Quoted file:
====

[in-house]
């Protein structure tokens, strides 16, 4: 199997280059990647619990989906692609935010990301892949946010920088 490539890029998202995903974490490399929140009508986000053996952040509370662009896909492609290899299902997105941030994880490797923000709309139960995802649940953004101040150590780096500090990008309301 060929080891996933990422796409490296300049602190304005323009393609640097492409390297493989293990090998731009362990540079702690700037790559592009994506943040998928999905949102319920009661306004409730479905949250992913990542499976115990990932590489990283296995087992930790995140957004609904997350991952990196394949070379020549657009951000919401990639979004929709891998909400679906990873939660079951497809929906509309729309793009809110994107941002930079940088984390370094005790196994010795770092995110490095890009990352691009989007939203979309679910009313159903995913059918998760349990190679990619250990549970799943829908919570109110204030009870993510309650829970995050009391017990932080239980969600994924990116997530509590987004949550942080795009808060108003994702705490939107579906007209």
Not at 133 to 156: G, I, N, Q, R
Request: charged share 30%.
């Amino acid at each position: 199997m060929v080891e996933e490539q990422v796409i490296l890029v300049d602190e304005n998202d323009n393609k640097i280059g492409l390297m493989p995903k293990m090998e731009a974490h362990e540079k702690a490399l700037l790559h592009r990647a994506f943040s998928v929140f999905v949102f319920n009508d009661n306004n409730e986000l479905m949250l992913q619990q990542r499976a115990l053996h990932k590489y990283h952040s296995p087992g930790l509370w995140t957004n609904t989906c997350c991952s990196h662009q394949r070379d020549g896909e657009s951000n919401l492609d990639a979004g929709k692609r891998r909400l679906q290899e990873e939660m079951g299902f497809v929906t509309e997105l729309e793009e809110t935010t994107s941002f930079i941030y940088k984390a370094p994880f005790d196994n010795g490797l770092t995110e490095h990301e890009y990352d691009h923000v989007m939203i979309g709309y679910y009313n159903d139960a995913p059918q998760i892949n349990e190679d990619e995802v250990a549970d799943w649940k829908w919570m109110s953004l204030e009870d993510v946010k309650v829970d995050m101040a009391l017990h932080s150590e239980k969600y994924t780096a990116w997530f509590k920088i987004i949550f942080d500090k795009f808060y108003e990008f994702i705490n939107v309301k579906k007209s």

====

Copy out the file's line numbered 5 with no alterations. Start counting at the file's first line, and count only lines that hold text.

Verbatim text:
């Amino acid at each position: 199997m060929v080891e996933e490539q990422v796409i490296l890029v300049d602190e304005n998202d323009n393609k640097i280059g492409l390297m493989p995903k293990m090998e731009a974490h362990e540079k702690a490399l700037l790559h592009r990647a994506f943040s998928v929140f999905v949102f319920n009508d009661n306004n409730e986000l479905m949250l992913q619990q990542r499976a115990l053996h990932k590489y990283h952040s296995p087992g930790l509370w995140t957004n609904t989906c997350c991952s990196h662009q394949r070379d020549g896909e657009s951000n919401l492609d990639a979004g929709k692609r891998r909400l679906q290899e990873e939660m079951g299902f497809v929906t509309e997105l729309e793009e809110t935010t994107s941002f930079i941030y940088k984390a370094p994880f005790d196994n010795g490797l770092t995110e490095h990301e890009y990352d691009h923000v989007m939203i979309g709309y679910y009313n159903d139960a995913p059918q998760i892949n349990e190679d990619e995802v250990a549970d799943w649940k829908w919570m109110s953004l204030e009870d993510v946010k309650v829970d995050m101040a009391l017990h932080s150590e239980k969600y994924t780096a990116w997530f509590k920088i987004i949550f942080d500090k795009f808060y108003e990008f994702i705490n939107v309301k579906k007209s």